Usually it will be desirable to provide a separate overhead crane for each pair of opposed tiers of storage compartments in which event the traveling truck of the crane will travel on a trackway carried by a fixed bridge. However, if desired, a single crane may be designed to serve a plurality of pairs of opposed tiers by the simple expedient of utilizin g a traveling bridge carrying the trackway for the motor driven truck of the crane and itself supported upon a trackway extending longitudinally of the building and over the plurality of'pairs of opposed tiers of storage spaces which the crane serves.

In all forms of the invention it will usually be desirable toprovide a separate cage for the operator controlling the action of the crane, the cage being supported for raising and lowering movement on the bridge of the crane. This permits the operator to follow the grapple closely and observe its position and its relation to the other elements of the system. The cage contains the controls regulating the action of the various motors employed for driving the bridge, the truck, the drums and the hoisting means for the cage. The operator, by appropriately manipulating the controllers, will be able to coordinate the movements of the cage with the movements of the grapple, and, if desired, thls coordination may be effected automatically by interlocking or appropriately controlling the motors employed for raising and lowering the grapple and for raising and lowering the ca e.

ther objects and advantages reside in certain novel features of the construction, arrangement and combination of parts which will be hereinafter more fully described and particularly pointed out in the appended claims, reference being had to the accompanying drawings, forming a part of this specification, and in which:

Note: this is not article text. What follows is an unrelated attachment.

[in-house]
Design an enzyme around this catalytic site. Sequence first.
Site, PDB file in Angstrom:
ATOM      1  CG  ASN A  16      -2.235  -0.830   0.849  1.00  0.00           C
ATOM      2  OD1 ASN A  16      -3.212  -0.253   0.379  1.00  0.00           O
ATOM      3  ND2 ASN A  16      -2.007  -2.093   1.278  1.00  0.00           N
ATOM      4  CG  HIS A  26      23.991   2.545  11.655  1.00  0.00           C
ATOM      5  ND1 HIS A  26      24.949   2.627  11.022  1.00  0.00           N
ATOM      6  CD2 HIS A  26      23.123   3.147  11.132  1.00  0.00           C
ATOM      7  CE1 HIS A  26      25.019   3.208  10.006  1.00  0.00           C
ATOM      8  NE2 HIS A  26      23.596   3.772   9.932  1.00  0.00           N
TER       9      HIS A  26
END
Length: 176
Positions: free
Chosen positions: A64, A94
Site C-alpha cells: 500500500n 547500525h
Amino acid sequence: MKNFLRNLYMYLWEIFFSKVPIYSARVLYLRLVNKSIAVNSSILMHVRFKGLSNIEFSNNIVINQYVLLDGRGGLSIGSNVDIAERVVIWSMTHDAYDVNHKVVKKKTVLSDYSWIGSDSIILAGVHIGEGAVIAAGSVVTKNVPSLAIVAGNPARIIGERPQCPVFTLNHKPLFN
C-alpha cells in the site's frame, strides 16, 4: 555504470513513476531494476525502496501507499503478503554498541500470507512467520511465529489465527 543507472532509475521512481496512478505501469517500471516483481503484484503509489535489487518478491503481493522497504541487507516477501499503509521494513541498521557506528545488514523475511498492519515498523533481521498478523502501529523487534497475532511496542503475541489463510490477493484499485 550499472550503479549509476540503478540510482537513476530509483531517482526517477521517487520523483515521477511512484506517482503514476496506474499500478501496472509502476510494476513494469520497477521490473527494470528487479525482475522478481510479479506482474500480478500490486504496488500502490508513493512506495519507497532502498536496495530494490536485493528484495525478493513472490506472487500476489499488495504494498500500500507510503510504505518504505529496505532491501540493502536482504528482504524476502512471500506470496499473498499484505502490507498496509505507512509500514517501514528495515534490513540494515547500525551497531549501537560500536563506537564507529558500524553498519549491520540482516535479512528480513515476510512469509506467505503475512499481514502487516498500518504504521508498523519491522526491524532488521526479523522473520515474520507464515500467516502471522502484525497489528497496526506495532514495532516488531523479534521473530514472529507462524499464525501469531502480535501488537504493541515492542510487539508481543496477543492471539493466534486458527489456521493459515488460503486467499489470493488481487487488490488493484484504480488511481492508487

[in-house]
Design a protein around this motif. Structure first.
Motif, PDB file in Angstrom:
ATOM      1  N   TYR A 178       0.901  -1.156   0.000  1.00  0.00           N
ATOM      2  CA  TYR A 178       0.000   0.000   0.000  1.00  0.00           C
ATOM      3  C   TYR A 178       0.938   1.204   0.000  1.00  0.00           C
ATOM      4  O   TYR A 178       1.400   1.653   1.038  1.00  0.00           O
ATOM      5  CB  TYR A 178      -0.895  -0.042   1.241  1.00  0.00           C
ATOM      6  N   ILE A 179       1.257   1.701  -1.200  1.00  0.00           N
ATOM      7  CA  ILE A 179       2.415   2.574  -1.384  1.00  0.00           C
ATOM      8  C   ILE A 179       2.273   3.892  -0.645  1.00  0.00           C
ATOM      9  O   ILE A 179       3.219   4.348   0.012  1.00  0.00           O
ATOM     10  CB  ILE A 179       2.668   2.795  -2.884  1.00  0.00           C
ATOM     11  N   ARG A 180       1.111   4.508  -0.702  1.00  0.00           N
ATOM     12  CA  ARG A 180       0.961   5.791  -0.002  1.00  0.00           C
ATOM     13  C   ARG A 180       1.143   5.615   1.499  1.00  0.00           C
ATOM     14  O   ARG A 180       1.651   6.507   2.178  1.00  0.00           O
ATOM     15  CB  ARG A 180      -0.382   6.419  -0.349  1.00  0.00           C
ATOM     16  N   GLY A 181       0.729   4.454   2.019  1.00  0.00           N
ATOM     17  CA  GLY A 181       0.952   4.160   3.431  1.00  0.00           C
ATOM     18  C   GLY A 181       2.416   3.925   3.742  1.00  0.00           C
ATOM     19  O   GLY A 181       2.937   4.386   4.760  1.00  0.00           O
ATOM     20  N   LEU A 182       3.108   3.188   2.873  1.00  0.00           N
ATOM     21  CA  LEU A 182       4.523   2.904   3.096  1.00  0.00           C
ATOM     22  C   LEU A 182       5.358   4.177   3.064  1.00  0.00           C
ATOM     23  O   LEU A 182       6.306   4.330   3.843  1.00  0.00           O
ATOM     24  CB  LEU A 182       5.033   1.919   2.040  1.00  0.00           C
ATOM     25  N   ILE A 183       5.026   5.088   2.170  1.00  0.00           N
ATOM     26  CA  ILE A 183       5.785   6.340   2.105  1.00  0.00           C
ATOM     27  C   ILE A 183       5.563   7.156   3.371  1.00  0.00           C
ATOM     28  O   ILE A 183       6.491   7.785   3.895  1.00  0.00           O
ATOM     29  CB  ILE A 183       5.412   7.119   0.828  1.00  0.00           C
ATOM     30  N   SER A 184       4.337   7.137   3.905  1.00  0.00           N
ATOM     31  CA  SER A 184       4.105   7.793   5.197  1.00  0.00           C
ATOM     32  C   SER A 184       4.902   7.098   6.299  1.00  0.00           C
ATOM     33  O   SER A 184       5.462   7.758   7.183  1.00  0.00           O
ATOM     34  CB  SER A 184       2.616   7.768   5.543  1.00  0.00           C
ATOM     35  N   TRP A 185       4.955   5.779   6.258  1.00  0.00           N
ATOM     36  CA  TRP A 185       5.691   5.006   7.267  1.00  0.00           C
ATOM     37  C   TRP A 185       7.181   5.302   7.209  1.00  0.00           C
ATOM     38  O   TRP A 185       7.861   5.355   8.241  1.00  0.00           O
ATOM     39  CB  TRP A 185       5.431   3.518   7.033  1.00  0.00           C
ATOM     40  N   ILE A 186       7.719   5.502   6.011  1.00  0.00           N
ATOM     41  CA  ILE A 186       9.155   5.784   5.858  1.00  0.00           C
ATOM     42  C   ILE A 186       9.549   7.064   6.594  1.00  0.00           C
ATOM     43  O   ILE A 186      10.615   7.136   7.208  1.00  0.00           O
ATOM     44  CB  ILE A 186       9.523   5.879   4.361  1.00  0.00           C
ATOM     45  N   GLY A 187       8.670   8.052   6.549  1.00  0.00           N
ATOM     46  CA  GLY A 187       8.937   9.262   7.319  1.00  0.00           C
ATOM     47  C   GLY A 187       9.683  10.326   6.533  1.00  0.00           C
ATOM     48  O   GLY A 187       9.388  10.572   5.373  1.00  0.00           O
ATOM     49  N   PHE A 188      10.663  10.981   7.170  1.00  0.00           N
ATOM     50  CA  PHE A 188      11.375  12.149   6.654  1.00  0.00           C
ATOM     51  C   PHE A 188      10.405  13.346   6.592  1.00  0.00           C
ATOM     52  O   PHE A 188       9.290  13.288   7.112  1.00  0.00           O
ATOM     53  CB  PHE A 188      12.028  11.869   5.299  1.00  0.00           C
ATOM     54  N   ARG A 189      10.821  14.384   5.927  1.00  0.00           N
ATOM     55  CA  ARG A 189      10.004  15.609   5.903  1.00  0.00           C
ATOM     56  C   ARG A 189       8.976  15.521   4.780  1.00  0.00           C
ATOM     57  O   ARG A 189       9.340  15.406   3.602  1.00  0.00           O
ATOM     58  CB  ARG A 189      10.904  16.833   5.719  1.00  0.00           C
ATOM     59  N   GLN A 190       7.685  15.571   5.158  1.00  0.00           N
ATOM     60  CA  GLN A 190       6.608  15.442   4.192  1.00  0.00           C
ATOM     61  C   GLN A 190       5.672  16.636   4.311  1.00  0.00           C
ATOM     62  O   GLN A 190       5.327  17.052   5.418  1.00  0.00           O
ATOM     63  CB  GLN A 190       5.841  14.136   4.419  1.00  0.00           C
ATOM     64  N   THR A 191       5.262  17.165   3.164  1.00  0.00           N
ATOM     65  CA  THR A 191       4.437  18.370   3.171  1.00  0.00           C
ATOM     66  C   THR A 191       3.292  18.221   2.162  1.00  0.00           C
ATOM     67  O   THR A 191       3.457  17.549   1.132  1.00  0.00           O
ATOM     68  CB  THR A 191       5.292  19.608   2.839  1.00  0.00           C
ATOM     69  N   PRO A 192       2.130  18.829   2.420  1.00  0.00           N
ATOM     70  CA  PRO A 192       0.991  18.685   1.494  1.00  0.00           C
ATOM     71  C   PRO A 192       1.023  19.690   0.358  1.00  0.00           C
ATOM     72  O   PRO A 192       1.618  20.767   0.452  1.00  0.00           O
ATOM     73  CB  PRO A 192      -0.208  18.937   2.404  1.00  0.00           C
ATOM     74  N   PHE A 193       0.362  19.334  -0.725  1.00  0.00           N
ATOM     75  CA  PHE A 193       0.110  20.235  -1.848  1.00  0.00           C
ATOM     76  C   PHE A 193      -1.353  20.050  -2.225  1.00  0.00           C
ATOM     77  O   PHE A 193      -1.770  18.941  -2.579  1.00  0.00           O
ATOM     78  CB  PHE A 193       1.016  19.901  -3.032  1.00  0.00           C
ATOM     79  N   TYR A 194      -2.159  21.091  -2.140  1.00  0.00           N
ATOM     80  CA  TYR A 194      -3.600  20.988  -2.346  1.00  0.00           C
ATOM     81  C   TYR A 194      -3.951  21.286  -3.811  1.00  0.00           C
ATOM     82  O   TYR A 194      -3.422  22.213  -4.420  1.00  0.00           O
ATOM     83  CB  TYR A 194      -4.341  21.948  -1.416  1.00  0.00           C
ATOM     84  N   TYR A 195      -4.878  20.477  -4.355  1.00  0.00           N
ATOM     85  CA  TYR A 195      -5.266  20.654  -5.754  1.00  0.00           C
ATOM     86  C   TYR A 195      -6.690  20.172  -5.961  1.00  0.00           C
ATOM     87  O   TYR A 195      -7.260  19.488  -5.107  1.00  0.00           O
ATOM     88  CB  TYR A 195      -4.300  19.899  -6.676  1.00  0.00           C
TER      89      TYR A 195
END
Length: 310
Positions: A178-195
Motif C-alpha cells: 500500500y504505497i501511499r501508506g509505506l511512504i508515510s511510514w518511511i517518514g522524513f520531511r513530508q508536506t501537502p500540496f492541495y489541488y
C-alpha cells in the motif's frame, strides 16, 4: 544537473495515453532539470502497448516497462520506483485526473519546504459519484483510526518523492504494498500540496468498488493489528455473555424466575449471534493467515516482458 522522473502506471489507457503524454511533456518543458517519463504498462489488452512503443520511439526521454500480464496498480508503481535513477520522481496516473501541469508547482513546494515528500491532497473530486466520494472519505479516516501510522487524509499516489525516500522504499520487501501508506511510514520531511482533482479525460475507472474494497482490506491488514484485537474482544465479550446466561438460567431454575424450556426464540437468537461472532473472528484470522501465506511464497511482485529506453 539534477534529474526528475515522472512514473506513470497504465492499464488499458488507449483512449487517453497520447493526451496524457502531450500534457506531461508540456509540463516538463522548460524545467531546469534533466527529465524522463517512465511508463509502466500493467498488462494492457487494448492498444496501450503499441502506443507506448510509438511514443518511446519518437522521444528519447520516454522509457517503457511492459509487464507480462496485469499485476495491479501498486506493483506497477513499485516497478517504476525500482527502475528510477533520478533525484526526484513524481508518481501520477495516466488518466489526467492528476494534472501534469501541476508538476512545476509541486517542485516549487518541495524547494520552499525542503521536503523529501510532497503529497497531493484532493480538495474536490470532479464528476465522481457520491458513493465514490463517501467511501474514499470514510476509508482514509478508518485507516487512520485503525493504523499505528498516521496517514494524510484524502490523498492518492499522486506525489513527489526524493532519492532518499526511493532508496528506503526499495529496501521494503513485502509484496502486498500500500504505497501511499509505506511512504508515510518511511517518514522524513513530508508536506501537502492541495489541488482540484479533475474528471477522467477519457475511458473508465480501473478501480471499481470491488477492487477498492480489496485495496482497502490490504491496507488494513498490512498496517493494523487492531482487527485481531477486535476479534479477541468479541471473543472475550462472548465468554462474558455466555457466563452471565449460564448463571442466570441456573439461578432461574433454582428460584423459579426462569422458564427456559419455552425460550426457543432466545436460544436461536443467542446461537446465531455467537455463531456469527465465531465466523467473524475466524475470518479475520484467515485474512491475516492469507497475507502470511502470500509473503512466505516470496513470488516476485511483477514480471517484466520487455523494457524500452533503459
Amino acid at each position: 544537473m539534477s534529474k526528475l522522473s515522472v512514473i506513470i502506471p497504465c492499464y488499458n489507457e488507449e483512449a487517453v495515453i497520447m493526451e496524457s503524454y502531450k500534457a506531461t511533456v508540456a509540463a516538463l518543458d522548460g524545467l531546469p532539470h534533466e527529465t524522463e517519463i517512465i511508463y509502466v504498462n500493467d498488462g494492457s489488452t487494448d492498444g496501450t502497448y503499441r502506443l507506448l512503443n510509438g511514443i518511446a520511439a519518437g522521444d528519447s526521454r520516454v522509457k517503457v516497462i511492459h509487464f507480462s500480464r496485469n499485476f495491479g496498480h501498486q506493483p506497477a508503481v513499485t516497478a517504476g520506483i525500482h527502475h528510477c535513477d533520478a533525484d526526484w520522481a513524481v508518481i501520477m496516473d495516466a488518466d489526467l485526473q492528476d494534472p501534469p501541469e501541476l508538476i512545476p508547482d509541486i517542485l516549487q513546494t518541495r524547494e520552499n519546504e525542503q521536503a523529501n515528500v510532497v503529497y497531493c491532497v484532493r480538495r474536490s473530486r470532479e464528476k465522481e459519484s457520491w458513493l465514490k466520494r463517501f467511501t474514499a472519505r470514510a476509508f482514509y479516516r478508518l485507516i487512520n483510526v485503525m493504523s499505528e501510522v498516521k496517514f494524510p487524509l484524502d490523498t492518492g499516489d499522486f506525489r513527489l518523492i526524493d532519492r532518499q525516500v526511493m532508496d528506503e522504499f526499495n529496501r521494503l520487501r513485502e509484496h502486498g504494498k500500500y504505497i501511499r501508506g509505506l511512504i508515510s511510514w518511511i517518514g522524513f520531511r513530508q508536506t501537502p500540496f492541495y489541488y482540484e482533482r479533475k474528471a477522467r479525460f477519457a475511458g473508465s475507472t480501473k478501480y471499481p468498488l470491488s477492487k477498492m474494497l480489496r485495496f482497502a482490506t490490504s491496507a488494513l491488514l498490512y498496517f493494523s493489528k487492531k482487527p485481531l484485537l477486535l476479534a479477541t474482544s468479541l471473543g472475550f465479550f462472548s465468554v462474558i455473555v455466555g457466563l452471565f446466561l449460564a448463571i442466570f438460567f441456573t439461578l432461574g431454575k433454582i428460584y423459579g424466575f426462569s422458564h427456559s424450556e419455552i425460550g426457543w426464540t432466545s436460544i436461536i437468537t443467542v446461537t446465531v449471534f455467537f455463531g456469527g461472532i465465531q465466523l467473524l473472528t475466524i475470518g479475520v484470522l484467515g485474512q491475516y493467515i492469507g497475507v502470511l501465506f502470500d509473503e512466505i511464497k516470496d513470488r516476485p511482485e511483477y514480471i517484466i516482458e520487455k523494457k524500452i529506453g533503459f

Figure 1 is a view in longitudinal vertical section taken on line 11 of Figure 2 and looking in the direction of the arrows and illustrating generally one embodiment of the invention;

Figure 2- is a view in transverse vertical I section taken on line 22 of Figure 1 and looking in the direction of the arrows;

Figure 3 is a view similar to Figure 2 but illustrating another embodiment of the invention;

Figure 4 is a view showing the crane, cage, .rapple, and platform employed in either form of the invention;

Figure 5 is a view in elevation looking toward the right hand side of Figure 4; and Figure 6 is a fragmentary detail view show ng a slight modification in the structure of the platforms. I

Referring to the drawings, and more particularly to Figures 1, 2 and 3, it will be seen that the present invention proposes a building construction designated generally at B and which may consist simply of outside walls 1, a roof 2 and partition walls 3 dividing the interior of the building into units or sections designated at C C and C As each of the sections C C and C are of identical construction, a single description will serve for all. At the ground level there is an entrance-way E and an exit-way E to each section.

Opposed tiers of storage compartments designated generally at 5 .are provided in each section and are spaced from each other by an intervening well 6. Each storage compartment includes a base or supporting structure which may consist of a par of channels 7 supported at their outer ends on the outside walls of the building and supported intermediate their ends on piers 8 so that portions 7' of the channels are spaced from the walls or partitions of the building and from any of the structural elements employed. In other words, a cantilever construction is employed for the base or structure correspond- 1n%to the floor of each storage com artment. elow and communicating with t e ground level of each unit of the stora e system is a pit 10 containing a plurality 0% platforms 11 arranged in stack formation and carried by a hydraulic ram 12 which is designed and controlled to feed the stack of platforms upwardly to keep one of the latforms 11 coincident with the surface 0 the street floor of the building at all times. The details of the construction of the ram and of its control are well known and need no detailed explanation here as these features per se form no part of this invention.